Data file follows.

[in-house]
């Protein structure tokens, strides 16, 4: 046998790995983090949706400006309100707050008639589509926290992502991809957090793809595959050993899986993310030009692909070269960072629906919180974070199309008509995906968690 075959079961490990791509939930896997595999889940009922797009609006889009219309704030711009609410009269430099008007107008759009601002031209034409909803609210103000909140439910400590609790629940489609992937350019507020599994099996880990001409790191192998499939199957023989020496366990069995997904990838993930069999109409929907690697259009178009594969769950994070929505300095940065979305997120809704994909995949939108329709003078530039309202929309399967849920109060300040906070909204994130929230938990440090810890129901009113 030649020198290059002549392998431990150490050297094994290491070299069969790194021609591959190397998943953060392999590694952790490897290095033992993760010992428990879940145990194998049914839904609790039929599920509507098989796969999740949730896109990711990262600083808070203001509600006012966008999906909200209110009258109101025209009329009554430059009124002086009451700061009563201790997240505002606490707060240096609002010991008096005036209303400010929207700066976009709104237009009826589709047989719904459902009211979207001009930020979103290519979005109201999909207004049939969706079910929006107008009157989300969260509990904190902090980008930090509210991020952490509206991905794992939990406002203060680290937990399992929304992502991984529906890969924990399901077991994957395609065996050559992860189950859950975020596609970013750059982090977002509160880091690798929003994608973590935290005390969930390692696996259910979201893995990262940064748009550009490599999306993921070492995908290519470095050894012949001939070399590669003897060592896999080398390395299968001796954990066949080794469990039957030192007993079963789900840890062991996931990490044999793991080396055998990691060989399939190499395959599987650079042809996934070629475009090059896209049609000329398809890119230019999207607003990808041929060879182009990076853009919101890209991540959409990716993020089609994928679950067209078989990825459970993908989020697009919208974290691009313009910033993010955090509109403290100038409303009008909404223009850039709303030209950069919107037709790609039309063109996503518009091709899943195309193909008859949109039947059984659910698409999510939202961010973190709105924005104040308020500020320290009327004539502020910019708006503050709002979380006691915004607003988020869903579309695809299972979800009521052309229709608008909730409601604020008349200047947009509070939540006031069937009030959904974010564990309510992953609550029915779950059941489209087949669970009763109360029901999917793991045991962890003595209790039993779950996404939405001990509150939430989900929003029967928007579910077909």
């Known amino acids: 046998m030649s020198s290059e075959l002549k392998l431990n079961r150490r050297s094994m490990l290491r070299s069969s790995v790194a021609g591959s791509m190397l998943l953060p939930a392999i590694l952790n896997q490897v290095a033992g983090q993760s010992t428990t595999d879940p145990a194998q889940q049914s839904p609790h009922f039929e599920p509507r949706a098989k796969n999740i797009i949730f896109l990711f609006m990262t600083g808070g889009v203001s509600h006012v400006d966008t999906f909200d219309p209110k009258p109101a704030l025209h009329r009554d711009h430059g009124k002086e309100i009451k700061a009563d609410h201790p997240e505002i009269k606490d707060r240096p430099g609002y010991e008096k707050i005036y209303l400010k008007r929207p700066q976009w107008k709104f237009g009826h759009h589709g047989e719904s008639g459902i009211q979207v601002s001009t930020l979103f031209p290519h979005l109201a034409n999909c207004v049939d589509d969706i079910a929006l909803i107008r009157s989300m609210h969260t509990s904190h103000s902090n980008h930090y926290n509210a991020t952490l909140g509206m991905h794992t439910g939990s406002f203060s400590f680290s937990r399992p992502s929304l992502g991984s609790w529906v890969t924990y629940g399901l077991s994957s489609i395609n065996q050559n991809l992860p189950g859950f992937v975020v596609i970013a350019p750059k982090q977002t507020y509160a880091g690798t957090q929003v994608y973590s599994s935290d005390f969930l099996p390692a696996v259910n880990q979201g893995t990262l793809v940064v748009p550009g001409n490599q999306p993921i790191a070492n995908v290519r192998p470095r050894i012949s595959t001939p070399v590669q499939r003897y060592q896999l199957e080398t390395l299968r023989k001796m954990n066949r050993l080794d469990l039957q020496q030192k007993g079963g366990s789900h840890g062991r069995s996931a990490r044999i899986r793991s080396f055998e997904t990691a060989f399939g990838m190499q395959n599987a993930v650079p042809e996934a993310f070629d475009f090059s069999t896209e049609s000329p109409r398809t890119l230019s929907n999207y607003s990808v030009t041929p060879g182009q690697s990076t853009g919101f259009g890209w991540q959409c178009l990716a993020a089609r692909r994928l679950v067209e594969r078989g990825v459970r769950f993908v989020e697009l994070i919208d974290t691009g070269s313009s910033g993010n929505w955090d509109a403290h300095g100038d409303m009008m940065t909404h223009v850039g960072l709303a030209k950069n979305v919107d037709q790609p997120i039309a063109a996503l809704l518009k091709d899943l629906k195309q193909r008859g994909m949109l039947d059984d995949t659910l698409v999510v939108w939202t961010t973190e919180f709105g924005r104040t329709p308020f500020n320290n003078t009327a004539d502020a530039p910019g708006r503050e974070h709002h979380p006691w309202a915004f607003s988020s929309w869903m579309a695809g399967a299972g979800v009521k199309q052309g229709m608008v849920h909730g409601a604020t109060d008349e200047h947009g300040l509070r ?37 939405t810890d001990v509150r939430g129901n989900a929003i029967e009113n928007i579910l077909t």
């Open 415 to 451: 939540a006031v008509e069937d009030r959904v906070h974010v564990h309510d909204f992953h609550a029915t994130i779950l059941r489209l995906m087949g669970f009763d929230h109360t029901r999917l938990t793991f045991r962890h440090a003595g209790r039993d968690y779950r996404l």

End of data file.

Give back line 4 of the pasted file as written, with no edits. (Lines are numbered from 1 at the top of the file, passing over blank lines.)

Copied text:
């Open 415 to 451: 939540a006031v008509e069937d009030r959904v906070h974010v564990h309510d909204f992953h609550a029915t994130i779950l059941r489209l995906m087949g669970f009763d929230h109360t029901r999917l938990t793991f045991r962890h440090a003595g209790r039993d968690y779950r996404l």